Alexia Tarabotti is laboring under a great many social tribulations. First, she has no soul. Second, she's a spinster whose father is both Italian and dead. Third, she was rudely attacked by a vampire, breaking all standards of social etiquette. Where to go from there? From bad to worse apparently, for Alexia accidentally kills the vampire - and then the appalling Lord Maccon (loud, messy, gorgeous, and werewolf) is sent by Queen Victoria to investigate. With unexpected vampires appearing and expected vampires disappearing, everyone seems to believe Alexia responsible. Can she figure out what is actually happening to London's high society? Or will her soulless ability to negate supernatural powers prove useful or just plain embarrassing? Finally, who is the real enemy, and do they have treacle tart?
Now that was just pure unadulterated fun. Thoroughly enjoyable from start to finish.
Soulless is the first of three (currently) books featuring the stroppy, intimidating and really rather awesome (in the correct sense of the word) heroine Alexia Tarrabotti.
Alexia exists in a post-supernatural steampunk London filled with dirigibles, vampires and werewolves. Alexia herself is a preternatural being able to utterly cancel out supernatural abilities when in physical contact.
Having been quite rudely attacked by an unknown and lisping vampire whilst attending a soiree Alexia becomes embroiled in a plot to do all manner of beastly things to the supernatural elements within polite and refined Victorian society.
The book itself is as much a romantic romp as an adventure story. A fun mix of comedy of manners with swashbuckling daring-do. The plot of the book is solid if a bit thin but that's not where the charm lies. The real strength of Soulless is the central characters and the way they interact. Carriger has a lightness of touch and a deft sense of her protagonists that makes them utterly alive on the page. Alexia is deliciously modern but wrapped so strongly in the expectations and confines of her time that she is in constant battle to live her life the way she rightfully thinks it needs to be lived. Lord Maccon, the werewolf pack leader, government representative and hulking love-interest is a strong and unintentionally (on his part) comedic element whose emerging infatuation with this firebrand of a woman is driving him to rampant distraction and the oh so charismatic Lord Akeldama, well, he's just joy personified. I'd read volumes about him alone, think Mark Gatiss' Lucifer Box but with pronounced canines.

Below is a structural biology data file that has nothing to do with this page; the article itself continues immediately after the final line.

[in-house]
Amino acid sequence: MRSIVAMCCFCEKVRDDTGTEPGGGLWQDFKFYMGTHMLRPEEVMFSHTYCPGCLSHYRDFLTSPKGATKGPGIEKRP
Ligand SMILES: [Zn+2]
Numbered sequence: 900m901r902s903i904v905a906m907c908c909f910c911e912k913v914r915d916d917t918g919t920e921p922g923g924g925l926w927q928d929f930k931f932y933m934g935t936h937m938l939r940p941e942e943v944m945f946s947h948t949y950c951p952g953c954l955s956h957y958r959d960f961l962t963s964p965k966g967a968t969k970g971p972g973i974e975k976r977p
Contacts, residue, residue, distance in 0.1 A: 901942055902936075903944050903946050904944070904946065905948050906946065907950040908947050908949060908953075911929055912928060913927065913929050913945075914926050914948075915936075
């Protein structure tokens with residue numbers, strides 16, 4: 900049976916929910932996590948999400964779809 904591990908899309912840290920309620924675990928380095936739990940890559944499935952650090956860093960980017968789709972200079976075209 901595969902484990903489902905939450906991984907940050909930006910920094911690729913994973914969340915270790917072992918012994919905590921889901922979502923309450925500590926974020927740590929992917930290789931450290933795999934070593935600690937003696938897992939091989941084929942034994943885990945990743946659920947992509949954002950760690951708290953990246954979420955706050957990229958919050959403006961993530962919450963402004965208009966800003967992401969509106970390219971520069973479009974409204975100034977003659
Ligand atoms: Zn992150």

My favourite thing about this book though - it's a small thing in real terms but huge thing for me - is that this book contains, what I like to call, an ending, as opposed to just ending. Too often does a book get through the big set piece climactic battle / confrontation / expose only to then immediately fizzle out in a mad dash for the last page. Not here though as Carriger slowly wraps things up and allows us the luxury of seeing the aftermath of events (I almost cried along with Lord Akeldama as his wish came true) in much the same manner as we see their development.
I do think though that the cover blurb associating Carriger with Austen and Wodehouse is both lazy and detrimental making her sound anachronistic. Her prose is tight, energetic and very modern (as is her heroine) and, it must be said, it reminds me somewhat (although this is probably due mostly to my unfamiliarity with this specific end of the genre market and my perceived similarities between the principal characters) of Laurell K. Hamilton but without the vaguely creepy gun fetishism that always seemed to pervade that writers work.
On the shelf behind me I have the next two volumes of Alexia Tarrabotti The Parasol Protectorate novels and I am very much looking forward to getting to grips with them.